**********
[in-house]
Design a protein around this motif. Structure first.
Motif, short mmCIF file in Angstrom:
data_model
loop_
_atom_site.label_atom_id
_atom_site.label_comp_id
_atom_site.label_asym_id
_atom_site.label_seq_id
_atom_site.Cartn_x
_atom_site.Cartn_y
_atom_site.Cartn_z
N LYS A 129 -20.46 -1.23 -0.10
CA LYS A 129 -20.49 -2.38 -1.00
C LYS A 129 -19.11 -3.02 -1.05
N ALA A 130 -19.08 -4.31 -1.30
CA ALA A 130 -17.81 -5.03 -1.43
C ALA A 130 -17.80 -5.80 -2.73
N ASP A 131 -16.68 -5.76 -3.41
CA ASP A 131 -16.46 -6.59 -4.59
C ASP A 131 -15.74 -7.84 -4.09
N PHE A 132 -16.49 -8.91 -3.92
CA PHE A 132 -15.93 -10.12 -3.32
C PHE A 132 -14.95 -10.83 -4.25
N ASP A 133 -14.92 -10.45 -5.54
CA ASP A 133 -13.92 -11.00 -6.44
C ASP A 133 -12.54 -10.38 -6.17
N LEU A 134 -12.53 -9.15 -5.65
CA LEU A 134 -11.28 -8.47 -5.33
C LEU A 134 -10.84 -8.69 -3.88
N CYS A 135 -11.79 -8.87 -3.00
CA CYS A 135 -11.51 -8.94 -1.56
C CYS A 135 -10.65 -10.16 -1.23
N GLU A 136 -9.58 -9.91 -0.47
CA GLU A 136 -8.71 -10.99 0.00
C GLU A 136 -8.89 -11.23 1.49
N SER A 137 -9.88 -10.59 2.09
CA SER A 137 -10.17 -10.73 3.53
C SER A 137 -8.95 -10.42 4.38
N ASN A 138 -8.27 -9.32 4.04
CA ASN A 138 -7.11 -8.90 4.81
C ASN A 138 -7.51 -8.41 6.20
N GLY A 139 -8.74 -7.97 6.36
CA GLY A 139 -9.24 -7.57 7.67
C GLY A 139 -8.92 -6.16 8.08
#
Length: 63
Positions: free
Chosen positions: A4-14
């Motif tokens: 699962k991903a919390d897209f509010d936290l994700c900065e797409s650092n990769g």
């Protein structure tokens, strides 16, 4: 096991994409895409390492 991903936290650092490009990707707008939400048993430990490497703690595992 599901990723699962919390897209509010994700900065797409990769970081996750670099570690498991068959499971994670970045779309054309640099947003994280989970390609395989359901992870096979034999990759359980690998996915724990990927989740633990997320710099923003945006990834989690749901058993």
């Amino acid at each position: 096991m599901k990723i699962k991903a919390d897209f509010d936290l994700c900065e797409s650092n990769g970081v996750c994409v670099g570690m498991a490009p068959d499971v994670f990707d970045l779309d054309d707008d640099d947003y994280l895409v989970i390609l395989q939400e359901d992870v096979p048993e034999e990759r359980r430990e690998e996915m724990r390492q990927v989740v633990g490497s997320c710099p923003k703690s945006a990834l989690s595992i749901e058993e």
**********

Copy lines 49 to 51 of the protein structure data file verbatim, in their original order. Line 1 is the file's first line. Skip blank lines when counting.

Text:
Chosen positions: A4-14
């Motif tokens: 699962k991903a919390d897209f509010d936290l994700c900065e797409s650092n990769g």
């Protein structure tokens, strides 16, 4: 096991994409895409390492 991903936290650092490009990707707008939400048993430990490497703690595992 599901990723699962919390897209509010994700900065797409990769970081996750670099570690498991068959499971994670970045779309054309640099947003994280989970390609395989359901992870096979034999990759359980690998996915724990990927989740633990997320710099923003945006990834989690749901058993």